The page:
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|Wednesday, April 23rd, 2014|
|One week later.
I find myself sort of halfway in the mood to make an entry. Besides, I have photographs. Spring is slowly, slowly rearing its head here in Providence, and yesterday we went out searching for it. The weather wasn't as warm as we'd been promised, because clouds began moving in, and there was a breeze. The slightest breeze is ice here. We visited bookshops at Wayland Square, had breakfast at the Classic Cafe on Westminster, and ended up at Swan Point Cemetery, where we did, in fact, see a flock of swans in the choppy waters of the dirty Seekonk River. The temperature was probably somewhere in the mid sixties for most of the day. It was warmer the day before, but I was working.
The "day off" came after several days of tedious work compiling the raw manuscript for Beneath An Oil-Dark Sea: The Best of Caitlín R. Kiernan (Volume Two)
. I'm calling it Boads
, for short. It probably would not be possible for me to exaggerate the tedium. But now I have a ms. to work with, 216,556 words long, 718 pages. At some point, I actually have to print this beast.
Here are the photographs, behind the cut.( 22 August 2014Collapse )
Until the Next Time, Infrequently,
Aunt Beast Current Mood: glum
The fancy cherry is nearly over, the normal cherry is still going strong, the eating apples are only just getting started, but the crab apple....
I just went to fill the bird feeders, and the bumble bees are scarily loud under there!This entry was originally posted at http://flick.dreamwidth.org/952291.html, where it has comment(s). Add comments here or there, if you feel like it.
|Wednesday: Basic Instructions
Another night of insomnia. Cutting drastically back on caffeine did not help, in fact Sunday I managed to abstain completely. So grabbed a LARGE Mocha from Jack-In-The-Box. No point in skipping it anymore.
Storms are due to hit tonight after midnight so I think I'd better take a pill and change out my sheets (since these feel scratchy).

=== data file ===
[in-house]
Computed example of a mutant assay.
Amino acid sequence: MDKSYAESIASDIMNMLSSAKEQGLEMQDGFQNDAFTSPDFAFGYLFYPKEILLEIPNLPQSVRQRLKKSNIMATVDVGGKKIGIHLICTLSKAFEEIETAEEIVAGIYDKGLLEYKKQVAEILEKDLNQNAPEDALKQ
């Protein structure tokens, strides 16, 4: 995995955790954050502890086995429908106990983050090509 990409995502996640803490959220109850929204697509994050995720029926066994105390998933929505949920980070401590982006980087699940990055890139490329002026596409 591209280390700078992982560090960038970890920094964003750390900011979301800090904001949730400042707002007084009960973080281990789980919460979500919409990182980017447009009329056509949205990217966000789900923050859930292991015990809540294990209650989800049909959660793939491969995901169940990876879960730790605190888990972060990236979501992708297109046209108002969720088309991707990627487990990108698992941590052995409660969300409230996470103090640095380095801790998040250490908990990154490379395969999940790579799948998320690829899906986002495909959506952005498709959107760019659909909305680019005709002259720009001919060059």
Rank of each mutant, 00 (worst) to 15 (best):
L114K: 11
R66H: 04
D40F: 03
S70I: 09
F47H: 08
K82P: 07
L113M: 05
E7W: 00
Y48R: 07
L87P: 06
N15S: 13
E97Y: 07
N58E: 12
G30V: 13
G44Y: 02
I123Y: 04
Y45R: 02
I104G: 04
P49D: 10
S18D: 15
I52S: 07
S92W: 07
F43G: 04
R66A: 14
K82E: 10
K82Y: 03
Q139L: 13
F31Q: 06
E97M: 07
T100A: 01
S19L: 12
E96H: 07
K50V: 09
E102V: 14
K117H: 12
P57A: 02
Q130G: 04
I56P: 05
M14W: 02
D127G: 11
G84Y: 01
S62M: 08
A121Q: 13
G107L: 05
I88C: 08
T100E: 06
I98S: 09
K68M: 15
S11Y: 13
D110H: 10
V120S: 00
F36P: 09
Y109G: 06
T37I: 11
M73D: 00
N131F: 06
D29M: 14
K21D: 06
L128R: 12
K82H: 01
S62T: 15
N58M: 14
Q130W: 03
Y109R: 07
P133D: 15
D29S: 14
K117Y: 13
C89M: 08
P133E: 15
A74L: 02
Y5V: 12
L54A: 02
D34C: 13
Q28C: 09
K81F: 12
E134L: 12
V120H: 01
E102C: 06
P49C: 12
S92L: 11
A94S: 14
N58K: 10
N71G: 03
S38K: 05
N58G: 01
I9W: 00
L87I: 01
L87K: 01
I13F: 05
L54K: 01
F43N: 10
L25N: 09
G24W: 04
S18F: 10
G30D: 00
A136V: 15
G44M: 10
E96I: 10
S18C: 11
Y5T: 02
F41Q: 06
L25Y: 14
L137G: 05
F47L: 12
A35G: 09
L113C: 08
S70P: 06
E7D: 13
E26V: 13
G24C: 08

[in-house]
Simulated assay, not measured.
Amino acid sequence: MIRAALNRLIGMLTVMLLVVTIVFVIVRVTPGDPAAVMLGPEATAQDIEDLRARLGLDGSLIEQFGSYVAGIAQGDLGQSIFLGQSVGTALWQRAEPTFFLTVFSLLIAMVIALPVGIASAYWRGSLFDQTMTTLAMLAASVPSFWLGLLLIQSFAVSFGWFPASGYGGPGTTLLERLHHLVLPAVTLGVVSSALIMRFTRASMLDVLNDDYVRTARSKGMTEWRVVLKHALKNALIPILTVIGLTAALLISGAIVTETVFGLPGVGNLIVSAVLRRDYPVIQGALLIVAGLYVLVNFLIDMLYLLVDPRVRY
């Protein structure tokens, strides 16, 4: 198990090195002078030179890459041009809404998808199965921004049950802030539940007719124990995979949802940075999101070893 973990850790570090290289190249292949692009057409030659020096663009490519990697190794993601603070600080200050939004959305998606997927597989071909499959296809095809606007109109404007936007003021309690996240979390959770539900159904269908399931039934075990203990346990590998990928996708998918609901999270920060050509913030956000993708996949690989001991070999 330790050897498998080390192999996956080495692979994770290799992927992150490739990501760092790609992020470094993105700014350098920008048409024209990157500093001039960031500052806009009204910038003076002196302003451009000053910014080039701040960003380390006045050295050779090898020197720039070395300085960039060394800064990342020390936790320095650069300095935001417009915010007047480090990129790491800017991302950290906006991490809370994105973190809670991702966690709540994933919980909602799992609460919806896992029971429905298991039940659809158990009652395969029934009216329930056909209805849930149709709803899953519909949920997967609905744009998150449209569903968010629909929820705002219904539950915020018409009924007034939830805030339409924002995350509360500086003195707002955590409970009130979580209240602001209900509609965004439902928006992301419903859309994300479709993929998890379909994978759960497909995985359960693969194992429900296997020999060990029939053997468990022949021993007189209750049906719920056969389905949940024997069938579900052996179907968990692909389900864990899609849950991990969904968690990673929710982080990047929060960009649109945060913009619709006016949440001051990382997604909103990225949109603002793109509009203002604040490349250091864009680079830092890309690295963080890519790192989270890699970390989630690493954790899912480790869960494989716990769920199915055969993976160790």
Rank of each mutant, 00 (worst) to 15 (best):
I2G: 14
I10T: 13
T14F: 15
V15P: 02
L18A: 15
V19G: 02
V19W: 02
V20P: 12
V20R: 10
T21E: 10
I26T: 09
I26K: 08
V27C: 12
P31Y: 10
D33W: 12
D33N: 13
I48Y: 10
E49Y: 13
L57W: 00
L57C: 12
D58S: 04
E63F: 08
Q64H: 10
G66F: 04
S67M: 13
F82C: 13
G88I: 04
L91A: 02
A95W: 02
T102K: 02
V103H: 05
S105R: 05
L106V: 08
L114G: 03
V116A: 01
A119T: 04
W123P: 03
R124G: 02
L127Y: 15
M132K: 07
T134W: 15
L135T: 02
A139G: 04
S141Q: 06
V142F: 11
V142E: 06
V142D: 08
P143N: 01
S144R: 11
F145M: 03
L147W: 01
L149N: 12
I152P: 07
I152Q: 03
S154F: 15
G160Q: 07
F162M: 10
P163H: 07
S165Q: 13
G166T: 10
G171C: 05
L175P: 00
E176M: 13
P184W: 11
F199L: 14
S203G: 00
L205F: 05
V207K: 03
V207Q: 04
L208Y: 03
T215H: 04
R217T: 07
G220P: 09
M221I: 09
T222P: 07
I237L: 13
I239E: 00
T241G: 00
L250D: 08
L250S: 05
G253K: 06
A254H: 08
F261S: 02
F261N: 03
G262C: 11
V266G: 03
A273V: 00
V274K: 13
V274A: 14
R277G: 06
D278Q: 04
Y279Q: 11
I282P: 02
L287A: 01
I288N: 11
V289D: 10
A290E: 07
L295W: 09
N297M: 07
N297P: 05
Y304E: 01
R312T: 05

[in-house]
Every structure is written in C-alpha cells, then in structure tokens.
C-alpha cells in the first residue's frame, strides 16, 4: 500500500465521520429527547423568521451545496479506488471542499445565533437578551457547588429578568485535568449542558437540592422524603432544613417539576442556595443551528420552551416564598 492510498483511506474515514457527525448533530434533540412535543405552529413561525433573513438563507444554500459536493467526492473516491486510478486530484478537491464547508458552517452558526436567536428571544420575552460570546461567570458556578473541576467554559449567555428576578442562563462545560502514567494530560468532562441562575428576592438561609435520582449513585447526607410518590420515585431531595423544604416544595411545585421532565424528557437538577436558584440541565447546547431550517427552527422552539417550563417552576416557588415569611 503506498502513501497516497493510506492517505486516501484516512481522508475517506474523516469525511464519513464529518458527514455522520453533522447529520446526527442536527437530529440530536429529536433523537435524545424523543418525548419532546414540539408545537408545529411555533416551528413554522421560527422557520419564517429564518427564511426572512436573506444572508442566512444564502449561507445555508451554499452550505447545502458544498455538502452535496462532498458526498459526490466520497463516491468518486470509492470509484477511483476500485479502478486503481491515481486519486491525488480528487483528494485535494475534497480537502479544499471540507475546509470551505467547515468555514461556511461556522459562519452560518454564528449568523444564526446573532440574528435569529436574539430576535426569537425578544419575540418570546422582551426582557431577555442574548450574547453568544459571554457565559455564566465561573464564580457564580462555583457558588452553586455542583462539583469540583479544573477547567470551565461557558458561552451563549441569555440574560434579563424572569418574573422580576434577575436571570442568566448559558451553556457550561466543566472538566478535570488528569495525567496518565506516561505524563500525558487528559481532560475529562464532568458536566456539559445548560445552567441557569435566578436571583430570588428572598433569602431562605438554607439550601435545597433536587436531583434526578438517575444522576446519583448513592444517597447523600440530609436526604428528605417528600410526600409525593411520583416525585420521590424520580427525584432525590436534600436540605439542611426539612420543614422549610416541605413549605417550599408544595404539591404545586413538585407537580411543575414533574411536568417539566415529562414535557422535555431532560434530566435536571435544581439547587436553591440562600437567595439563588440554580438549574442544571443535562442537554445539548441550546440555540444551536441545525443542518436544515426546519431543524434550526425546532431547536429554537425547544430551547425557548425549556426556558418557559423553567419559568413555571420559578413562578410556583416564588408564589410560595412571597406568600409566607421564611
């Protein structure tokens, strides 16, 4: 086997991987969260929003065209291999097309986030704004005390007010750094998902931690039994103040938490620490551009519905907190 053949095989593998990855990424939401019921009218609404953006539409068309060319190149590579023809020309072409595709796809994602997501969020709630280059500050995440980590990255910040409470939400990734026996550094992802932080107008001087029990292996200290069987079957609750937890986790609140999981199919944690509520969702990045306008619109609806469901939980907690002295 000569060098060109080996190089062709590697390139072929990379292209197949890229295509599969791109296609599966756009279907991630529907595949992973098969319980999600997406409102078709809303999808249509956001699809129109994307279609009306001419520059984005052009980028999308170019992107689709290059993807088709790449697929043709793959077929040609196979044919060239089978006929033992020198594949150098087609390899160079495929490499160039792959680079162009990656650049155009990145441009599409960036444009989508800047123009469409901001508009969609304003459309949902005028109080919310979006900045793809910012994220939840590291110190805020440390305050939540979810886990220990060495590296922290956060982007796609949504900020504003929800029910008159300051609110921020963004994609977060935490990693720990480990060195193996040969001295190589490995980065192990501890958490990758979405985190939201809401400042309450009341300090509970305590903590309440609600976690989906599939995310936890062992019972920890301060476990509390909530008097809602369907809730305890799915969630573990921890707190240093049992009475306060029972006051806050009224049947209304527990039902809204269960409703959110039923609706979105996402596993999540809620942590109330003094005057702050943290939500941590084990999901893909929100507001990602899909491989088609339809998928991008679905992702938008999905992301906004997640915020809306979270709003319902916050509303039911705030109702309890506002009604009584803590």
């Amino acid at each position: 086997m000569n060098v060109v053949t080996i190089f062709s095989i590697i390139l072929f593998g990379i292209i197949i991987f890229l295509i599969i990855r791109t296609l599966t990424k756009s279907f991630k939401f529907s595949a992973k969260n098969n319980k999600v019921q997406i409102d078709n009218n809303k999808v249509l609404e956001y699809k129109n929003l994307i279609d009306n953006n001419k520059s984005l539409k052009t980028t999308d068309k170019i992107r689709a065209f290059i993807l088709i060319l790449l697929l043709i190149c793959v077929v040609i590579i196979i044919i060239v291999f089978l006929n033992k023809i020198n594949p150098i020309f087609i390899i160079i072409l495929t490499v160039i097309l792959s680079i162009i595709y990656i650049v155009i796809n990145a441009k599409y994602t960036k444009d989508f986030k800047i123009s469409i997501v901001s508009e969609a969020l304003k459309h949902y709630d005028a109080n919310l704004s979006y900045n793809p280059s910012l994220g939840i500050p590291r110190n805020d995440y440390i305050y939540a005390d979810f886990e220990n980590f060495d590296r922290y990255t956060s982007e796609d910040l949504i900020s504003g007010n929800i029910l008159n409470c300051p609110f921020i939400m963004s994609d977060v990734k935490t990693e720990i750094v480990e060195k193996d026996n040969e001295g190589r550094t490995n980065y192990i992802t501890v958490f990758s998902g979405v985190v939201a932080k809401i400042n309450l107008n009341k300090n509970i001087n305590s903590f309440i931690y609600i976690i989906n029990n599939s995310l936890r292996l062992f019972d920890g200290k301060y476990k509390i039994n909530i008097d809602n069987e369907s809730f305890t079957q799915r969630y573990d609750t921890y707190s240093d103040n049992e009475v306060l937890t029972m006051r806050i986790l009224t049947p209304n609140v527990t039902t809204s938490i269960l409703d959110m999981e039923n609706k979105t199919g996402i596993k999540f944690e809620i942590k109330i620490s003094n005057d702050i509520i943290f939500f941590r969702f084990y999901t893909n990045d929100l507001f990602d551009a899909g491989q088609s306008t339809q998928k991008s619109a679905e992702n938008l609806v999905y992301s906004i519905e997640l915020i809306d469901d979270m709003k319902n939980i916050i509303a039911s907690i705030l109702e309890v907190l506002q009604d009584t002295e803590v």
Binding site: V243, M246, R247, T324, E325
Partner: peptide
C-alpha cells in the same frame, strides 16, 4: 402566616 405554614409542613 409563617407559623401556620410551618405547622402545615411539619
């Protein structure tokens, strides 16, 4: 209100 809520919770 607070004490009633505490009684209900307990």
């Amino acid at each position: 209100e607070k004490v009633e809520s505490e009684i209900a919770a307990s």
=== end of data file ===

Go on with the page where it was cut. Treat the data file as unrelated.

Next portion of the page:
Last night's dinner experiment made up for Monday's dinner fiasco. Not talking about it.
We have a tech that is becoming poisonous on the account. He throws temper tantrums. He badmouths other levels of support IN HIS TICKET WHERE THE CUSTOMER CAN SEE and has to reply to everything said by everyone in the main chat room. He once mocked a Brazilian tech for transposing letters when they were asking for help - I verbally knocked him down for that. "I don't know you mean by account ligon".
And last Monday, he announced in chat before 8am that he felt harassed and therefore would be calling sick - and did
. How this guy is not fired is beyond me. When he didn't come in Friday, there was a spring in my step, I won't lie. I've asked management twice if we could trade him in for a puppy.
|Writers Blog Tour
I was tagged by Claire Weaver (http://claireweaver.blogspot.co.uk/
) so do go and read her posts, too. 1. What am I working on?
I’m currently writing a number of short stories, both for private subscriptions and for magazine consideration. The final (for now) Chen novel will be announced shortly and I’m also working on a new book, which is a sort-of fantasy, set here in Somerset. I rarely write so close to home and using the folklore of my current county is proving interesting. 2. How does my work differ from others in my genre?
I’m not sure what my genre is. I mix and match a lot: I’d say that a lot of of what I write is old school science fantasy. I don’t like using standard tropes, and I try to take a hard look into the forms that societal change would actually take (whilst I understand where a lot of 1970s matriarchal utopian writing came from, for instance, I’m by no means convinced that an all-female society would be any kinder or less corrupt than its male equivalent, hence the Mars of Banner of Souls
). My writing is sometimes described as ‘difficult’ and I think people have a hard time figuring out my agenda: story, worldbuilding, prose and ideas are important to me. If it helps, I’m more likely to criticise my own politics than other people’s, and quite frequently won’t do either. Both novels and short fiction are varied. Ghost Sister
was a critique of the extremist end of the environmental movement; Empire of Bones
was written as an attempt to address first contact stories that are always set in the West, and Nine Layers of Sky